Tips for Cooking in a Tiny Kitchen
This is our kitchen:
All of it. There’s no other wing or external counter-top. When I moved in, I simply did not know how I was going to manage with less than 1 foot of counter space, but over time I’ve learned little tricks and tips that have made the kitchen quite a bit more pleasant to work in. We cook 3 meals a day, and I have almost forgotten that we have so little space. Here are some tips and tricks to have you humming away in your tiny kitchen in no time.
1. The obvious one: make do with fewer utensils and appliances. We have very few appliances: refrigerator, stove-top oven, microwave, coffee maker. Stowed in a high cabinet I also have an immersion blender and a mini food-processor. We have exactly 4 knives and zero pizza cutters, whisks or garlic crushers, which are things that can be done with ordinary knives and forks. Every few months I take stock of what’s in my kitchen: if I haven’t used something in 2 months it gets thrown out, donated or put into storage.
Some of the things I find essential: Glass nesting bowls- you get a lot for a small amount of real estate, a spaghetti server- there’s simply no other way to effectively dish out spaghetti, and glass lunch bowls with watertight lids that double as food storage.
2. Build shelves in every cranny. I found some wood in a dumpster and I sanded and painted them with some leftover paint, then got some hardware at a local store and I had me some very inexpensive, darling spice racks and shelves. The whole thing cost about $2. Tip: my dad pointed out that I should have put the brackets on the top side of the shelves so that it would be less visible.
A fun thing to put on display is sets of mismatched jars with various useful things: sesame seeds, sugar, rice.
3. Hang things on the wall if you have wall space. I am lucky enough to have about 3 feet of wall in my kitchen and I use it to hang cutting and serving boards, bottle openers, even a mesh bag to hold ginger, potatoes and the like. I like having lots of hooks in the kitchen and each one adds a lot of utility.
4. Choose the right size garbage pail. Figure out how large a can you need so that you only have to empty it once a day at most. If it’s any bigger, you’re wasting valuable space; smaller and you’ll find it darn inconvenient to keep running to the disposal. We chose a 10 gallon bin and we also have a wire basket for
empty beer bottles recycling but we had to experiment a bit to find the right size.
5. Get a deeper sink or higher faucet. We asked our superintendent nicely and he changed our faucet to a higher one. This immediately opened up the sink for numerous possibilities and projects; it felt like a different kitchen. It was easier to wash the dishes and also to clean large vegetables.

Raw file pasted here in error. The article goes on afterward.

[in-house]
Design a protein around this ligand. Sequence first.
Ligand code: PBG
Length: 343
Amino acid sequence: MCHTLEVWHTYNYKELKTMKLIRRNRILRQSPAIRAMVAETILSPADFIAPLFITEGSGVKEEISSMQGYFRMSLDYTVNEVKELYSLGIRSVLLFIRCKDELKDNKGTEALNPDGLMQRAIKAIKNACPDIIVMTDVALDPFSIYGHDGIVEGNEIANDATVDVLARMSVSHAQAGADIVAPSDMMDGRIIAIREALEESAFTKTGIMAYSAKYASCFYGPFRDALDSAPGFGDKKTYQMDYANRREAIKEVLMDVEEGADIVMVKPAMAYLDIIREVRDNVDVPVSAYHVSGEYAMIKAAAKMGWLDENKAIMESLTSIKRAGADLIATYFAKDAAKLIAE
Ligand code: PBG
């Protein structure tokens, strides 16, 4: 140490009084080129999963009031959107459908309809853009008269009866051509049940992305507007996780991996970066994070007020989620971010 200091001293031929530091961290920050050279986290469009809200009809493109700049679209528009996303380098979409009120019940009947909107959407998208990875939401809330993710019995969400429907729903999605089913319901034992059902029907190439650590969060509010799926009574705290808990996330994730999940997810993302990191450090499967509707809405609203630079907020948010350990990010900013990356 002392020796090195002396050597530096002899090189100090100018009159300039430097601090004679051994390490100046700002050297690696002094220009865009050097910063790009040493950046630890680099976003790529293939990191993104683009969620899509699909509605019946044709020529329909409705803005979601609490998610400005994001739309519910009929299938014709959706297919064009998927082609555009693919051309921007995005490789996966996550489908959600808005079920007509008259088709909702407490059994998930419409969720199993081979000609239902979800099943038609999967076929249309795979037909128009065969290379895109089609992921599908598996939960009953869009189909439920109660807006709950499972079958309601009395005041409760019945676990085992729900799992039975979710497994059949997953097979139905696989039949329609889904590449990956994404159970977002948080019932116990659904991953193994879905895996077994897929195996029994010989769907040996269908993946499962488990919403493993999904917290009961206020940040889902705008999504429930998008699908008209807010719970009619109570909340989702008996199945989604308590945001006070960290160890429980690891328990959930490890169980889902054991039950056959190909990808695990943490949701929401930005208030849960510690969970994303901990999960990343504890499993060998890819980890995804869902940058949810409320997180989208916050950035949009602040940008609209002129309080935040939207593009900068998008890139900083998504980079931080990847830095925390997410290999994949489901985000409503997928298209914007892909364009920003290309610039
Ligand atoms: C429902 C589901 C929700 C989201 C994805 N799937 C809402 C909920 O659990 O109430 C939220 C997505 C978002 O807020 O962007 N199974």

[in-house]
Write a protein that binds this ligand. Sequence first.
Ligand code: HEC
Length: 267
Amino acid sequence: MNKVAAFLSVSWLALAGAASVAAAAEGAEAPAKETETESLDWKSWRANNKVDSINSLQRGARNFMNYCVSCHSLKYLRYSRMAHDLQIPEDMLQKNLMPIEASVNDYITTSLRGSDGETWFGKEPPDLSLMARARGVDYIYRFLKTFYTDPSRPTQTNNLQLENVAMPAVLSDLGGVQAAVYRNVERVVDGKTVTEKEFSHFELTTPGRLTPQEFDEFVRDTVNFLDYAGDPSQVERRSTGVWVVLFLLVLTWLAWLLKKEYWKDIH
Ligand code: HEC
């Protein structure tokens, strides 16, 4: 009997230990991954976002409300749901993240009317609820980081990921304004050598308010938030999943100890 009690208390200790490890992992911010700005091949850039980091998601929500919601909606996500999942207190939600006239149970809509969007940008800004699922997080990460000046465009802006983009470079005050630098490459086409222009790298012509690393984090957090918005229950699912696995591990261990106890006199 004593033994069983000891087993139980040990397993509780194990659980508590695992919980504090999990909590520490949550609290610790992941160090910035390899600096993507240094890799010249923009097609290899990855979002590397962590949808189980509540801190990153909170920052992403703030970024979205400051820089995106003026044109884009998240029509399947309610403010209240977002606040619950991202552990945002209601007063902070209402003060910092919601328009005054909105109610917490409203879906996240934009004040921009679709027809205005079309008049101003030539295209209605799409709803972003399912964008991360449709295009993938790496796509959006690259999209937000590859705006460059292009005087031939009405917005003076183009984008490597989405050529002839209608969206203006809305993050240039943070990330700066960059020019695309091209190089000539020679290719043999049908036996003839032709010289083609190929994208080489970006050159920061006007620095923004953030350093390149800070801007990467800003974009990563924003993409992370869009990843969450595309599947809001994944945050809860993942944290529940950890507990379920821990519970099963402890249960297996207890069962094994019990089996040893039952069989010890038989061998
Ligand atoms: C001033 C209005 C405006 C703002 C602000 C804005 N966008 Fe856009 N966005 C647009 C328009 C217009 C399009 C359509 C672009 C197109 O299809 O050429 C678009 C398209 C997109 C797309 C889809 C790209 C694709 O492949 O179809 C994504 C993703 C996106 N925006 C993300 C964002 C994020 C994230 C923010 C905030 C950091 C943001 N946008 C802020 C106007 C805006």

6. Don’t have too many pots and pans. You don’t actually need very many items if you’re willing to be a tiny bit flexible. We have a stockpot, a small saucier, a cast-iron pan, and a small bread-pan. I use the cast iron pan for everything but if I need to make a bit of quinoa or a soup I need the other two. The bread-pan doubles as a small cake pan and it does quite nicely. On the rare occasion I feel the need to make a round cake there are lots of inexpensive disposable options at our local grocery.
7. You don’t actually need as many dishes as a recipe calls for. For instance, when baking I almost never mix the wet ingredients separately, I just make a little hole in the dry ingredients and do a bit of mixing of the wet ingredients in the hole before mixing it all together. Since you’re in a tiny kitchen, it’s quite easy to reach over to the sink and quickly rinse a bowl you just used. The last thing you want in a small kitchen is a huge buildup of dishes in the sink.
Learn to cut vegetables against your thumb, eliminating the need for a cutting board. It’s safer than it looks but don’t try this with a serrated knife. This technique is controversial but I can’t abide taking down the cutting board every time I need to quarter an apple.
8. Keep it simple: It’s possible to make a great dinner using just one pan or pot. Most of the time, our dinner consists of roasted vegetables of some variety with some kind of protein thrown in and it all takes place in the 10-inch cast iron pan. On occasion, I take out the small saucier to make rice or quinoa in addition. If I make a salad, I cut it right into individual bowls. You don’t need a million dishes to make a tasty, hearty meal. And your spouse/guests will thank you (hopefully you’re not the one washing the dishes).
9. Clean out the refrigerator often. Refrigerator real estate is valuable because it’s useful for storing grains and flours. Therefore, you can’t afford to have 100 different spices and marinades collect in the fridge and I find it useful to reorganize and do quite a bit of tossing-out every week. Sometimes you find an old jar of peanut butter in the back and you decide to make a delicious dip right there on the spot. Great things happen when you clean out your fridge!
10. Anything is possible! You don’t have to be limited by your tiny kitchen. As I type, I am cooking some chilli, making tomato soup, finishing up an avocado-kale salad and soaking garbanzo beans for hummus. Yes, there is tomato juice all over the stove, and some of the chopped ingredients are sitting in a bowl in the sink, the dishes are drying and there’s not a millimeter of counter space to spare. But I’m having a great time and I just feel like cooking a lot today. We’ve done lots of fun things in our tiny kitchen: layered cakes, risottos, even bread and multi-step soups. But I have never looked at a recipe and said: that won’t work in this kitchen and I won’t let the lack of space spoil my love for cooking.